Collagen is the most abundant protein in humans, comprising 1/3 of the total protein and 3/4 of the dry weight of skin. Collagen abnormalities are associated with many human diseases, including arthritis. The long-term objective of the proposed research is to reveal in atomic detail the chemical basis for the unique triple-helical structure of collagen, and to devise new therapies based on that knowledge.
Specific Aims. The five Specific Aims of this research proposal apply methods and ideas from physical organic chemistry, peptide chemistry, molecular self-assembly, chemical enzymology, and matrix biology.
Aim 1 is to assess the contribution of fundamental physicochemical forces to triple-helix stability.
Aim 2 is to test the hypothesis that a newly revealed force-the hyperconjugative n* interaction-links the backbone atoms in a polypeptide chain and thereby contributes to the conformational stability of collagen-related structures.
Aim 3 is to create collagen fragments and strands that self-assemble into human-scale triple helices.
Aim 4 is to gain insight into the mechanism of catalysis by human prolyl 4-hydroxylase, which is the enzyme that installs the prevalent and important 4-hydroxyproline residues in collagen strands. Finally, Aim 5 is to use extant knowledge of collagen to develop a new means to assess and heal pathologic wounds in an animal. Significance: The results of the research proposed herein will provide fundamental insights into the structure and conformational stability of the collagen triple helix, and will use those insights to create collagen mimics and collagen-based biomaterials with important therapeutic applications.
This research project is focused on collagen, which is the most abundant protein in humans. Collagen abnormalities are associated with a variety of human diseases, including arthritis. The goal of the project is to obtain insights into the relationship between the amino acid sequence of collagen and its biological function (or dysfunction), as well as to create novel collagen-like proteins of potential therapeutic use.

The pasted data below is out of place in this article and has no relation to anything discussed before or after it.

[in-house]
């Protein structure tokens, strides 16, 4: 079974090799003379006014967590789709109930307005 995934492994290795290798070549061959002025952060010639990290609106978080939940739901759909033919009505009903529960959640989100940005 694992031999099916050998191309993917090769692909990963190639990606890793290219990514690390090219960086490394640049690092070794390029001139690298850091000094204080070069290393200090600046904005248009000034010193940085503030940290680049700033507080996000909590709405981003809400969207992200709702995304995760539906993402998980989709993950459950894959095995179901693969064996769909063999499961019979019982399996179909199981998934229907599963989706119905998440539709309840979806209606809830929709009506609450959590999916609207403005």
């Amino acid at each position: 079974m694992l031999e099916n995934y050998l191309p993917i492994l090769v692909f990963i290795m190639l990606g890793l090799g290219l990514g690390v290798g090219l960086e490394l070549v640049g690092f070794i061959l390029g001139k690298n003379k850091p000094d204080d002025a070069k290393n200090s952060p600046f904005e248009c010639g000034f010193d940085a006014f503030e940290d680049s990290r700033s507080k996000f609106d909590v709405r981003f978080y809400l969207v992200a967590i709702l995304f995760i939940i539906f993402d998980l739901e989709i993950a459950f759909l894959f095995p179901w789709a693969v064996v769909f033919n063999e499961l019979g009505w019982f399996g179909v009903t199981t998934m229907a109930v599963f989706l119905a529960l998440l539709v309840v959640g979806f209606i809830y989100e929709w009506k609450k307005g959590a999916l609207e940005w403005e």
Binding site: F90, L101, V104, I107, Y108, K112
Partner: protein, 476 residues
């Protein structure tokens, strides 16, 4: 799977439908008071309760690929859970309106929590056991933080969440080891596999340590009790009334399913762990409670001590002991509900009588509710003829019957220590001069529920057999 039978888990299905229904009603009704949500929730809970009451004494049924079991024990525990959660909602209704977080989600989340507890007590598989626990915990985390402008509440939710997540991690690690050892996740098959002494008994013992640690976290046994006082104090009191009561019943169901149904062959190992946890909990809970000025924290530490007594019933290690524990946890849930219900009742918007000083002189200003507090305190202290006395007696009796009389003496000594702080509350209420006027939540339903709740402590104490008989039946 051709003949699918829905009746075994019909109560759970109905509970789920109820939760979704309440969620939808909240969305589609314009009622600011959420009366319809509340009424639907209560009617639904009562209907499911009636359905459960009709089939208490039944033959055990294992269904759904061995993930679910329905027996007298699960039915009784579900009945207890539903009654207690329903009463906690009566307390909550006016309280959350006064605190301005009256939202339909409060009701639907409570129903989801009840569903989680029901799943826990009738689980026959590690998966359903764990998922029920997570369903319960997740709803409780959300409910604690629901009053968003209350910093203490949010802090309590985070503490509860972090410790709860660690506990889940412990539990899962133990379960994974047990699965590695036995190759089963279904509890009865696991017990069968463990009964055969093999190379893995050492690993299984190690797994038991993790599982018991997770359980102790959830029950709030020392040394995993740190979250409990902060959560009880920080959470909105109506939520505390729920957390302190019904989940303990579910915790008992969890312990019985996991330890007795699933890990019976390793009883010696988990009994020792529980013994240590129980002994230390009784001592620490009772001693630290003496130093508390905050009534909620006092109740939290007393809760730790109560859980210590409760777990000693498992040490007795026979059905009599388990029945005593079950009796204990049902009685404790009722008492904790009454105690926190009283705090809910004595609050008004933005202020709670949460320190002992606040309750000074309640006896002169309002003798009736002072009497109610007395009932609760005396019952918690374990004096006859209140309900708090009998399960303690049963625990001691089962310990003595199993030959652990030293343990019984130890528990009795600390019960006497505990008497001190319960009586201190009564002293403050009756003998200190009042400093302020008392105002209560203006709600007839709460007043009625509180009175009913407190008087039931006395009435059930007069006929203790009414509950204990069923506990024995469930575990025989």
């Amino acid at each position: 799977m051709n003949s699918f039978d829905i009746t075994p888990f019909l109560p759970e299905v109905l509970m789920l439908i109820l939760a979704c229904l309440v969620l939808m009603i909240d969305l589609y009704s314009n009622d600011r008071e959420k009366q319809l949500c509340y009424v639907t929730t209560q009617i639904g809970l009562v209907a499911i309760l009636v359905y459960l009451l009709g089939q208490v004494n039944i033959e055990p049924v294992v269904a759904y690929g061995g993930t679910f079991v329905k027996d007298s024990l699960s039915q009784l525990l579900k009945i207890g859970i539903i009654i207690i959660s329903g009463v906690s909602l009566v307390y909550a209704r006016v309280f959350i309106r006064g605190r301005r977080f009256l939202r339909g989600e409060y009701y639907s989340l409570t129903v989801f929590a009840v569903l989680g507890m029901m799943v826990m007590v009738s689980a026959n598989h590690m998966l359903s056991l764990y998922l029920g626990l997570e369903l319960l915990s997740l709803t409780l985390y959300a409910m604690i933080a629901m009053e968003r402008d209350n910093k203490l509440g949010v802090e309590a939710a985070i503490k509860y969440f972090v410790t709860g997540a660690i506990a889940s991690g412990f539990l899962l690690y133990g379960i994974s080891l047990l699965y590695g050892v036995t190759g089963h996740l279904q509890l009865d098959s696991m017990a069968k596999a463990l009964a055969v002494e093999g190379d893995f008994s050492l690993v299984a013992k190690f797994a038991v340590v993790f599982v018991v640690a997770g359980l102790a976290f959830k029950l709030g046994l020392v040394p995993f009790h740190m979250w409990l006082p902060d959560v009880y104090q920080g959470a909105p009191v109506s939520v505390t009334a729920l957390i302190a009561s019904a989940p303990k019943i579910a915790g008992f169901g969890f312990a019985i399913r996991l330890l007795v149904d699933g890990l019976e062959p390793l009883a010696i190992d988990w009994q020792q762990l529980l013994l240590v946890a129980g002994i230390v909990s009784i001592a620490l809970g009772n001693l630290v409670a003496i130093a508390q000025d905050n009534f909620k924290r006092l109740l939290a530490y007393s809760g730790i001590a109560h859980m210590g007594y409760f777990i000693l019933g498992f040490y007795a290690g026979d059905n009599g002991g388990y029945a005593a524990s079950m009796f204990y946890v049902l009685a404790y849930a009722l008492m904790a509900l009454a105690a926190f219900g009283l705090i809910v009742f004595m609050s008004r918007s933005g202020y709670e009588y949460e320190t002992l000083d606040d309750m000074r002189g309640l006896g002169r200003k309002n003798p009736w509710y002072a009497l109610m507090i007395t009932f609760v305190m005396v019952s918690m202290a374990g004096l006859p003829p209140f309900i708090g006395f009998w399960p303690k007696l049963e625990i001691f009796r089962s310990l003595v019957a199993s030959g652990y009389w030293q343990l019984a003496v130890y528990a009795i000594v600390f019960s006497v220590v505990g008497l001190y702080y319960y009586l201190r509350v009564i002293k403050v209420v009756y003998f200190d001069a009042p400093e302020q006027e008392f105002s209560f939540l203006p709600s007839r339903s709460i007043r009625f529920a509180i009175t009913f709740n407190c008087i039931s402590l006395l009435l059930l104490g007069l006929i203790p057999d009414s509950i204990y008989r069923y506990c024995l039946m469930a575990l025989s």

|Newberry, Robert W; Raines, Ronald T (2014) A key n??* Interaction in N-acyl homoserine lactones. ACS Chem Biol 9:880-3|
|Tanrikulu, I Caglar; Raines, Ronald T (2014) Optimal interstrand bridges for collagen-like biomaterials. J Am Chem Soc 136:13490-3|
|Newberry, Robert W; Bartlett, Gail J; VanVeller, Brett et al. (2014) Signatures of n??* interactions in proteins. Protein Sci 23:284-8|
|Chattopadhyay, Sayani; Guthrie, Kathleen M; Teixeira, Leandro et al. (2014) Anchoring a cytoactive factor in a wound bed promotes healing. J Tissue Eng Regen Med :|
|Chattopadhyay, Sayani; Raines, Ronald T (2014) Review collagen-based biomaterials for wound healing. Biopolymers 101:821-33|
|Choudhary, Amit; Newberry, Robert W; Raines, Ronald T (2014) n??* interactions engender chirality in carbonyl groups. Org Lett 16:3421-3|
|Kamer, Kimberli J; Choudhary, Amit; Raines, Ronald T (2013) Intimate interactions with carbonyl groups: dipole-dipole or nýýýýý*? J Org Chem 78:2099-103|
|Newberry, Robert W; VanVeller, Brett; Guzei, Ilia A et al. (2013) n??* interactions of amides and thioamides: implications for protein stability. J Am Chem Soc 135:7843-6|
|Newberry, Robert W; Raines, Ronald T (2013) nýýýýý* interactions in poly(lactic acid) suggest a role in protein folding. Chem Commun (Camb) 49:7699-701|
|Vasta, James D; Higgin, Joshua J; Kersteen, Elizabeth A et al. (2013) Bioavailable affinity label for collagen prolyl 4-hydroxylase. Bioorg Med Chem 21:3597-601|
Showing the most recent 10 out of 58 publications